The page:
Using the range, bearing from the director on the aircraft, and the target course and speed estimated by the observer, a gunnery solution would be obtained, and the the guns fired.
In the mean time the aircraft would reverse course to do it again, but on a recriprical course. The spotting results from the previous salvo would be reported, along with the new target course and speed. When the bomb sight showed the aircraft was over the target, another solution would be obtained, and the guns fired again.
In the mean time the ships are moving, the target is dodging, and things are challenging. The range finders on the ship couldn't deliver continuous ranges, but only every 15 seconds or so, so getting the range of the aircraft moving at ~100 kts when it was over the target was challenging. The aircraft couldn't go much faster because the faster it moved the harder to the the position accuretly measured. Getting accurate target courses and speeds depended greatly on the observers on the aircraft. And going from a manual solution to the guns firing added a bit of delay to the process.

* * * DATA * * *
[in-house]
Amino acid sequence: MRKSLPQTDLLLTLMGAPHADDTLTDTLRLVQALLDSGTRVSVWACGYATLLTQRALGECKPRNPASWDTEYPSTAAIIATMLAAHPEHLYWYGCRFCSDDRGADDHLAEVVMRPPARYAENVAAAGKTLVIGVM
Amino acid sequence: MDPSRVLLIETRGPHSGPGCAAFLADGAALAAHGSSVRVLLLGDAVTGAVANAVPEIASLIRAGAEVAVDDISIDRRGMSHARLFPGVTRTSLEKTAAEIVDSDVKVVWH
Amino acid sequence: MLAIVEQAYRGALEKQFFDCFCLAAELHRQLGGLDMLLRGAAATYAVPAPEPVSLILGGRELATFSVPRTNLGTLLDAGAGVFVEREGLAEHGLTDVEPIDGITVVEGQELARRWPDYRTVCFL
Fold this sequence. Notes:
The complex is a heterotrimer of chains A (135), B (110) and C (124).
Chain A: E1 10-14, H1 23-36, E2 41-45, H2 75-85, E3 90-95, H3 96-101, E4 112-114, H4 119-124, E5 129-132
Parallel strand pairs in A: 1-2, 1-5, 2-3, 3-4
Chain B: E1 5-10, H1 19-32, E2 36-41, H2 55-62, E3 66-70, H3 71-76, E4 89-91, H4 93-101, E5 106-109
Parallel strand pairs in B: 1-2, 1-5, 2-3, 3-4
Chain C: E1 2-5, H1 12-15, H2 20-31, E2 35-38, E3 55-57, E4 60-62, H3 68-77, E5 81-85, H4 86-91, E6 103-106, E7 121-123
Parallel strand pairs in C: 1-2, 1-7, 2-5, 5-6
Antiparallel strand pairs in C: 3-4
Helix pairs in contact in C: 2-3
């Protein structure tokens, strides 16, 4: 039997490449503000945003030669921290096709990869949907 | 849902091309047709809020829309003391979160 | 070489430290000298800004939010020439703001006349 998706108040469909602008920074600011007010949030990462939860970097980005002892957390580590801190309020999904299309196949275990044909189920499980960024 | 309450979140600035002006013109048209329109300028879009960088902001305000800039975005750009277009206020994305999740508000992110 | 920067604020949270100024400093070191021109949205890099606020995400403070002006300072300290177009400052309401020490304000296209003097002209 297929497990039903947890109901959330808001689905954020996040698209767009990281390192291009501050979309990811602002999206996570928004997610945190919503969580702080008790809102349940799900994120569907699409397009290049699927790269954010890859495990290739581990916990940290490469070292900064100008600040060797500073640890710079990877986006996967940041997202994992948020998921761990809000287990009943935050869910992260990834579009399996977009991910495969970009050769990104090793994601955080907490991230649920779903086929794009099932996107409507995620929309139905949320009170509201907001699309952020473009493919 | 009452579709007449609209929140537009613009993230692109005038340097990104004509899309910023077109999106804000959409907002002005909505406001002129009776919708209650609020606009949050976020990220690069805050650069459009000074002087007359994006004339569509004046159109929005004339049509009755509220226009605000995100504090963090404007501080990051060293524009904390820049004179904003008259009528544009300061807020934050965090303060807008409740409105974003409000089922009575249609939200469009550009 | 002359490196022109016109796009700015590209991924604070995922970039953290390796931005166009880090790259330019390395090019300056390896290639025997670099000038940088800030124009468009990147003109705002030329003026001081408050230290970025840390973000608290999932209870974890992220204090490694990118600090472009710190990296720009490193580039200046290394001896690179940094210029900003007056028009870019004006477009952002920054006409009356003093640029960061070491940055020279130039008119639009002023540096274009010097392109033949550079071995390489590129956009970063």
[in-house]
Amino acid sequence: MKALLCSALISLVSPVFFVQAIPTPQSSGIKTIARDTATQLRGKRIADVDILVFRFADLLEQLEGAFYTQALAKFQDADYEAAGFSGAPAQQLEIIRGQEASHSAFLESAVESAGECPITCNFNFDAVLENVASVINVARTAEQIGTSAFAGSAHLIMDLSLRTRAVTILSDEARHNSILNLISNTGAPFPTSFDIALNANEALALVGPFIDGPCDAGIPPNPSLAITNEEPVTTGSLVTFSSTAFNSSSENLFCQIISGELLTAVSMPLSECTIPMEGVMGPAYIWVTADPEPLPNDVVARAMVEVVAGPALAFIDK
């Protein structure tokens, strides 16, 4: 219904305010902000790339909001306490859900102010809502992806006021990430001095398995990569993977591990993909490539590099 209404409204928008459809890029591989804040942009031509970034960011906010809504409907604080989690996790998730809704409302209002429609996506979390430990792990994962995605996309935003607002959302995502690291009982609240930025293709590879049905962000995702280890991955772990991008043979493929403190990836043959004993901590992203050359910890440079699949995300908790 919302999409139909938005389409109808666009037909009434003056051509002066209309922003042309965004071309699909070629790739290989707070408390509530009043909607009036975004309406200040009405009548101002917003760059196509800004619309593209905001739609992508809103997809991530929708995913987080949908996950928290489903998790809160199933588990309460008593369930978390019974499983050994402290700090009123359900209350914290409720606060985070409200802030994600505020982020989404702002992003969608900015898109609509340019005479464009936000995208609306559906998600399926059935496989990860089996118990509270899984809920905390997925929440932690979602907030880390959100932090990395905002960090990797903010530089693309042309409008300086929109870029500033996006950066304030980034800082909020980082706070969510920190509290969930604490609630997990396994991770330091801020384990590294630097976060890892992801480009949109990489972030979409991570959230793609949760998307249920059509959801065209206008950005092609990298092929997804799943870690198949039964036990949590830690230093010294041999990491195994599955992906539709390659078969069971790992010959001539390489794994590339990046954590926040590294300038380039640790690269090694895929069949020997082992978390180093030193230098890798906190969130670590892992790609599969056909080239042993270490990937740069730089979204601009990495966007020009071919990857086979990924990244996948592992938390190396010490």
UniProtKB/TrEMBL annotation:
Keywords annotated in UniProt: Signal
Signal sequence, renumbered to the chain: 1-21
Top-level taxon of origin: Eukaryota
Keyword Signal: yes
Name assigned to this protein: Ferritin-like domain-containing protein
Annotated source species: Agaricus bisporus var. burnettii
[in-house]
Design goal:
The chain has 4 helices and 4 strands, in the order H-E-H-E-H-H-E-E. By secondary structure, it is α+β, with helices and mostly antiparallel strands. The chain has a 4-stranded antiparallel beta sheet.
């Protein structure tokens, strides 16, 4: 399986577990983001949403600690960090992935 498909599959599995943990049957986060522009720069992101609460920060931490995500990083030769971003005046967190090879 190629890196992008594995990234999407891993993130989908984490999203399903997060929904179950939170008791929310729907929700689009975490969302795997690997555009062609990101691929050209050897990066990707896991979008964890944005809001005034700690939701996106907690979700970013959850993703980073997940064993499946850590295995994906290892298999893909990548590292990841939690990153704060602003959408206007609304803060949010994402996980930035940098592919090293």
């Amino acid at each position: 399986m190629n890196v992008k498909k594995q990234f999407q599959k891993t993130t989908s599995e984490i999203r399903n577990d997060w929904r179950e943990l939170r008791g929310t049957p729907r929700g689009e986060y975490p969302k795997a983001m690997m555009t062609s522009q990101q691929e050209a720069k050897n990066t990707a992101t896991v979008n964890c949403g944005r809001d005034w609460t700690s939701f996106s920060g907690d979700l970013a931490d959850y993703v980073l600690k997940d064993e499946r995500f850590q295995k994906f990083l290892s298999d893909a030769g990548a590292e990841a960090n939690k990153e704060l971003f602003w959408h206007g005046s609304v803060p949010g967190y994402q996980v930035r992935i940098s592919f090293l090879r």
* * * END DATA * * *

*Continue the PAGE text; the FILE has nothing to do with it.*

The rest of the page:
In the same time the bomb sights of the era typically had an error of at least 1% of altitude. They also required the aircraft to fly straight and level. The aircraft has to make a turn and come back over the target for every salvo, so it's not a fast process.
If the target was immobile, or willing to stand on a steady course and not shoot at the floatplane, maybe it's possible, even probable to obtain at hit at around 20,000 yards. But I can't see the target ship not chasing salvos. Also the single float plane making an over head pass for each salvo, aslow, low, straight and level pass it's got to be an heavy AA gunners dream target. Even four 3" guns with a fairly basic FC system should be able to heavily damage the float plane. At the same time, the radio operators on the target would be doing their best to find the float planes frequincy, and jam it.
Now this is all assuming fairly basic visual pre-war equipment. Late war bomb sights were more accurate. Radio or radar based range finders would help greatly. And using radar through the smoke screen would also help greatly. Not sure what equipment the Bismarck had historically, nor what they have in HW.